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New Zealand primed for aggressive rate cuts as inflation and economy fade
[WELLINGTON] New Zealand's central bank looks set to be forced into more aggressive interest rate cuts to support a flagging economy beset by crumbling dairy prices, sliding sentiment and low inflation.
At least one analyst is predicting rates may drop by as much as 125 basis points to a record-low two per cent by year-end, highlighting the rapid downturn in fortunes for the agricultural-based economy which only last year was being touted as a "rock-star" among developed nations. "We were already expecting a 25 basis point cut next week and stick to that call, although a straight 50 bps cut is now a real possibility," said HSBC chief economist Paul Bloxham.
Bloxham's shifting view mirrored growing headwinds for the US$160 billion economy. Data on Thursday showed inflation rising just 0.3 per cent in the year to June 30, while the latest dairy auction saw prices slump to a six-year low, and consumer sentiment dipped to its lowest in three years.
A month ago the Reserve Bank of New Zealand (RBNZ) cut its cash rate by 25 basis points as it started to unwind last year's 100 basis points (bps) of tightening, which took the rate to a five year-high of 3.5 per cent.
But what was seen as likely to be a gradual and cautious easing now looks like turning into a rapid retreat, reflecting an economy set for annual growth closer to 2.0 per cent from the plus-3.0 per cent rates of the past two years.
A Reuters poll has a rate cut on July 23 as a certainty, with a consensus view the RBNZ will cut its cash rate and settle at 2.50 per cent by the first quarter of next year.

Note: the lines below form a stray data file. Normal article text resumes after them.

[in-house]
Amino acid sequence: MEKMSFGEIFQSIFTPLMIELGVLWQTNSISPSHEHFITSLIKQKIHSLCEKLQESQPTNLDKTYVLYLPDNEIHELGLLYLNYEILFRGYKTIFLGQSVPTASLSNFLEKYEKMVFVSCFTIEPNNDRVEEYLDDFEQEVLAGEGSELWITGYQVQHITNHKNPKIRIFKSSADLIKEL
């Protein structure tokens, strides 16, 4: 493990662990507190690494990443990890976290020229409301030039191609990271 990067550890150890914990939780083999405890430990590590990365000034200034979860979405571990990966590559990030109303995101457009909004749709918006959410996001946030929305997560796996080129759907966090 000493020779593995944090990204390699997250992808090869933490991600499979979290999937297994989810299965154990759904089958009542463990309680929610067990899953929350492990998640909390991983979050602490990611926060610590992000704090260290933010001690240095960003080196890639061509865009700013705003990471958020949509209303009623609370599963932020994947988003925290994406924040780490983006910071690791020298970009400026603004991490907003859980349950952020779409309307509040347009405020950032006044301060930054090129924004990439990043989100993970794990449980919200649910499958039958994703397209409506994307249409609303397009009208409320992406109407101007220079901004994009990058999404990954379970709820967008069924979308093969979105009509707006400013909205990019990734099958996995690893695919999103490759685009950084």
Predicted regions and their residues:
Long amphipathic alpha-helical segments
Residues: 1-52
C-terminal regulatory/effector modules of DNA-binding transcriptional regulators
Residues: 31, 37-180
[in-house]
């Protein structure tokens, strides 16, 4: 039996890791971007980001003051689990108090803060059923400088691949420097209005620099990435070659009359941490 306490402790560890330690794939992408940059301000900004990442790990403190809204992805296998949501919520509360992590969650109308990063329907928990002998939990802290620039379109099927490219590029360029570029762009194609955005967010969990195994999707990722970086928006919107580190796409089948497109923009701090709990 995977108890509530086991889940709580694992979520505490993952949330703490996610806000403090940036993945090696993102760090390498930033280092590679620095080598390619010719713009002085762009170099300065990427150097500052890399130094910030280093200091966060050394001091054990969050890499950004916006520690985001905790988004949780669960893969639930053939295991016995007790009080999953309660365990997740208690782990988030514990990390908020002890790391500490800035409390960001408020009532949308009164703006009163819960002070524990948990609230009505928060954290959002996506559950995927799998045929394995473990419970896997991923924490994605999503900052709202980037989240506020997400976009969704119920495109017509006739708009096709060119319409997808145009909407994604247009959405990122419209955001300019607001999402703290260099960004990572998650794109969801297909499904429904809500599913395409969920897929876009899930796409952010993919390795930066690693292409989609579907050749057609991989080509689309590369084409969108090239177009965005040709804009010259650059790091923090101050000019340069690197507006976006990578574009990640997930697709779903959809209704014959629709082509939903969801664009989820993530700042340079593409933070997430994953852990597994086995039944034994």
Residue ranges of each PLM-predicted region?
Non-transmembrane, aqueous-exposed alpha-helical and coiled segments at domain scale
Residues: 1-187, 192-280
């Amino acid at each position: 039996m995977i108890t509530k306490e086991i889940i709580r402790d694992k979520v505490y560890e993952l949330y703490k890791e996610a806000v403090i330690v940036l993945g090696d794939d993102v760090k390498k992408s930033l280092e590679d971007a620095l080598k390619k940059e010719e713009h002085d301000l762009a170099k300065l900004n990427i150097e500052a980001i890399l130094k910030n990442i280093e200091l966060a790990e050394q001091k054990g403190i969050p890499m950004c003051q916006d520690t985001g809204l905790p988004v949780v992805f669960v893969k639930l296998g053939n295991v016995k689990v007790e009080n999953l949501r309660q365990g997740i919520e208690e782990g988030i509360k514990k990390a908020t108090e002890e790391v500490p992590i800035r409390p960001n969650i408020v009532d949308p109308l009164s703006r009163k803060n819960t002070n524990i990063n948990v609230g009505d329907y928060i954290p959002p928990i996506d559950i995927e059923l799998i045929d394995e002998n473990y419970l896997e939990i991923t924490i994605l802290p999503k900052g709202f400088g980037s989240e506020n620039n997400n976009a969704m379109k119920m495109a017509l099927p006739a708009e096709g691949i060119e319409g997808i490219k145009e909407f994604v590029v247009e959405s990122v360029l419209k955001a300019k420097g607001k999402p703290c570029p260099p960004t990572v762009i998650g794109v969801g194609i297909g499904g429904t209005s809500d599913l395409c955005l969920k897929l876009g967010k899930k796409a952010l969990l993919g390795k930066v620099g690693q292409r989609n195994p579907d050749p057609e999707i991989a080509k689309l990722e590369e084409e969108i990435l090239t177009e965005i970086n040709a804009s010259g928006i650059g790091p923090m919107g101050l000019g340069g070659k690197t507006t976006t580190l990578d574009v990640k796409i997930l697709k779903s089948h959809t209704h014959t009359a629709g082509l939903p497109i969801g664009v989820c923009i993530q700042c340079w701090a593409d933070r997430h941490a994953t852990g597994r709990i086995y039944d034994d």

The New Zealand dollar slumped 1.1 per cent to a six year low of US$0.6505.
The RBNZ is under pressure to lift inflation towards 2 per cent, the middle of its target band, but the latest data showed surprising weak underlying price pressures.
The quarterly CPI rise was mainly driven by an 8.8 per cent hike in petrol prices.
The RBNZ looks through short-term price volatility, but remains alert for domestic price pressures - such as housing and building costs - which rose 0.1 per cent for the quarter and by 2.0 per cent for the year, the lowest since 2001. "Today's inflation figures highlight that the Reserve Bank has its work cut out for it, as it aims to bring inflation back towards the 2 per cent midpoint of its target over the next couple of years," said Westpac senior economist Michael Gordon.
Gordon is now picking much more aggressive easing of a further 100 basis points - on top of next week's 25 bps cut - by the end of the year taking the cash rate to 2 per cent.
Arguments against such radical rate cutting include stoking an already overheated housing market, and the more than 5 per cent slide in the New Zealand dollar over the past month, which will raise the cost of imported goods.
But HSBC's Bloxham said the central bank has bigger issues. "For the RBNZ, upside risks have now been taken off the table. We believe action is needed to support the dairy sector in the short term and, in the medium term, to ensure that inflation stabilises close to 2 per cent."